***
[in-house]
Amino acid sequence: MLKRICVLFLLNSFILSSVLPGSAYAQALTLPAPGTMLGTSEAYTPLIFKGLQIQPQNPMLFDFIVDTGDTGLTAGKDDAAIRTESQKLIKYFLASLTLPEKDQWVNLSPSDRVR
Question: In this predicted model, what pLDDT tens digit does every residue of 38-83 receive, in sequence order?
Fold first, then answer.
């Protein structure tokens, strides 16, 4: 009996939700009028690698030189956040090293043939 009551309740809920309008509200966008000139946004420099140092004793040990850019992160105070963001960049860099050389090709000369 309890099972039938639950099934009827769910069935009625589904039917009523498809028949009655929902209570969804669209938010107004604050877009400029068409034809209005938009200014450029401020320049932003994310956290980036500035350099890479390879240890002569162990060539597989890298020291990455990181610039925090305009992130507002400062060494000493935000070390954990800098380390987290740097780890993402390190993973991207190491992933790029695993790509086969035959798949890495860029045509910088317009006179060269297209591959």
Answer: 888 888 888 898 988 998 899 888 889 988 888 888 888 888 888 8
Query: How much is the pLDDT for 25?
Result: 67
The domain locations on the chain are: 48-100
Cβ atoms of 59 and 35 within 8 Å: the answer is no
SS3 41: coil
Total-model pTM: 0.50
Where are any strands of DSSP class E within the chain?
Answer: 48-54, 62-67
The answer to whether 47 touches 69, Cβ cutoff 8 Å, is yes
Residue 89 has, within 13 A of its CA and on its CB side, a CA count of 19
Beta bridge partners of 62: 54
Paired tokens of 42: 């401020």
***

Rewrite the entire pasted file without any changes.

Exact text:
[in-house]
Amino acid sequence: MLKRICVLFLLNSFILSSVLPGSAYAQALTLPAPGTMLGTSEAYTPLIFKGLQIQPQNPMLFDFIVDTGDTGLTAGKDDAAIRTESQKLIKYFLASLTLPEKDQWVNLSPSDRVR
Question: In this predicted model, what pLDDT tens digit does every residue of 38-83 receive, in sequence order?
Fold first, then answer.
């Protein structure tokens, strides 16, 4: 009996939700009028690698030189956040090293043939 009551309740809920309008509200966008000139946004420099140092004793040990850019992160105070963001960049860099050389090709000369 309890099972039938639950099934009827769910069935009625589904039917009523498809028949009655929902209570969804669209938010107004604050877009400029068409034809209005938009200014450029401020320049932003994310956290980036500035350099890479390879240890002569162990060539597989890298020291990455990181610039925090305009992130507002400062060494000493935000070390954990800098380390987290740097780890993402390190993973991207190491992933790029695993790509086969035959798949890495860029045509910088317009006179060269297209591959």
Answer: 888 888 888 898 988 998 899 888 889 988 888 888 888 888 888 8
Query: How much is the pLDDT for 25?
Result: 67
The domain locations on the chain are: 48-100
Cβ atoms of 59 and 35 within 8 Å: the answer is no
SS3 41: coil
Total-model pTM: 0.50
Where are any strands of DSSP class E within the chain?
Answer: 48-54, 62-67
The answer to whether 47 touches 69, Cβ cutoff 8 Å, is yes
Residue 89 has, within 13 A of its CA and on its CB side, a CA count of 19
Beta bridge partners of 62: 54
Paired tokens of 42: 């401020």